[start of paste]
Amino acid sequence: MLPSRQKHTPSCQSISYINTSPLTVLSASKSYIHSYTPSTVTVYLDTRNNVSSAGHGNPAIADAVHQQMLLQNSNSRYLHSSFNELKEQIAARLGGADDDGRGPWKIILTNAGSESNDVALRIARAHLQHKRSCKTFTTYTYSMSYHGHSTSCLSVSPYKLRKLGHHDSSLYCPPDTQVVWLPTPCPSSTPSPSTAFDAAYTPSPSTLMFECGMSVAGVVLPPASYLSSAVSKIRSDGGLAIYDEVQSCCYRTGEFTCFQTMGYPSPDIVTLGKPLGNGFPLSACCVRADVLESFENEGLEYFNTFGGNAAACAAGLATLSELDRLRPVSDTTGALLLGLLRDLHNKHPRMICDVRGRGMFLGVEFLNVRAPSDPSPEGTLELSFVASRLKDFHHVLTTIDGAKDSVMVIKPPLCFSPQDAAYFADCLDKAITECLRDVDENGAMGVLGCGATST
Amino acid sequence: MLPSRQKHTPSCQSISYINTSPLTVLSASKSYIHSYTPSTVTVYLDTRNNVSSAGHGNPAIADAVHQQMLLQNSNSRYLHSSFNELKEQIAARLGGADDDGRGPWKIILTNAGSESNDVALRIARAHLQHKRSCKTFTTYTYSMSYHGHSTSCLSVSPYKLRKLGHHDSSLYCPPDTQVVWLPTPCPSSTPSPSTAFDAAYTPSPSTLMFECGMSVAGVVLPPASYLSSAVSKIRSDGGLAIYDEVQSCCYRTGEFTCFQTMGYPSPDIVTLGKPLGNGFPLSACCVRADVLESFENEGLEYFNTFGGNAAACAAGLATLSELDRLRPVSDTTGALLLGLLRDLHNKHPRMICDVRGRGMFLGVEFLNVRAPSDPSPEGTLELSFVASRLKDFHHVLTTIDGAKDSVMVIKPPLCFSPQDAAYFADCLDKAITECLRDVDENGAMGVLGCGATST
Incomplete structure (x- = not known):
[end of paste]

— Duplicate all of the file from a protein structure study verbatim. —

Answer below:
Amino acid sequence: MLPSRQKHTPSCQSISYINTSPLTVLSASKSYIHSYTPSTVTVYLDTRNNVSSAGHGNPAIADAVHQQMLLQNSNSRYLHSSFNELKEQIAARLGGADDDGRGPWKIILTNAGSESNDVALRIARAHLQHKRSCKTFTTYTYSMSYHGHSTSCLSVSPYKLRKLGHHDSSLYCPPDTQVVWLPTPCPSSTPSPSTAFDAAYTPSPSTLMFECGMSVAGVVLPPASYLSSAVSKIRSDGGLAIYDEVQSCCYRTGEFTCFQTMGYPSPDIVTLGKPLGNGFPLSACCVRADVLESFENEGLEYFNTFGGNAAACAAGLATLSELDRLRPVSDTTGALLLGLLRDLHNKHPRMICDVRGRGMFLGVEFLNVRAPSDPSPEGTLELSFVASRLKDFHHVLTTIDGAKDSVMVIKPPLCFSPQDAAYFADCLDKAITECLRDVDENGAMGVLGCGATST
Amino acid sequence: MLPSRQKHTPSCQSISYINTSPLTVLSASKSYIHSYTPSTVTVYLDTRNNVSSAGHGNPAIADAVHQQMLLQNSNSRYLHSSFNELKEQIAARLGGADDDGRGPWKIILTNAGSESNDVALRIARAHLQHKRSCKTFTTYTYSMSYHGHSTSCLSVSPYKLRKLGHHDSSLYCPPDTQVVWLPTPCPSSTPSPSTAFDAAYTPSPSTLMFECGMSVAGVVLPPASYLSSAVSKIRSDGGLAIYDEVQSCCYRTGEFTCFQTMGYPSPDIVTLGKPLGNGFPLSACCVRADVLESFENEGLEYFNTFGGNAAACAAGLATLSELDRLRPVSDTTGALLLGLLRDLHNKHPRMICDVRGRGMFLGVEFLNVRAPSDPSPEGTLELSFVASRLKDFHHVLTTIDGAKDSVMVIKPPLCFSPQDAAYFADCLDKAITECLRDVDENGAMGVLGCGATST
Incomplete structure (x- = not known):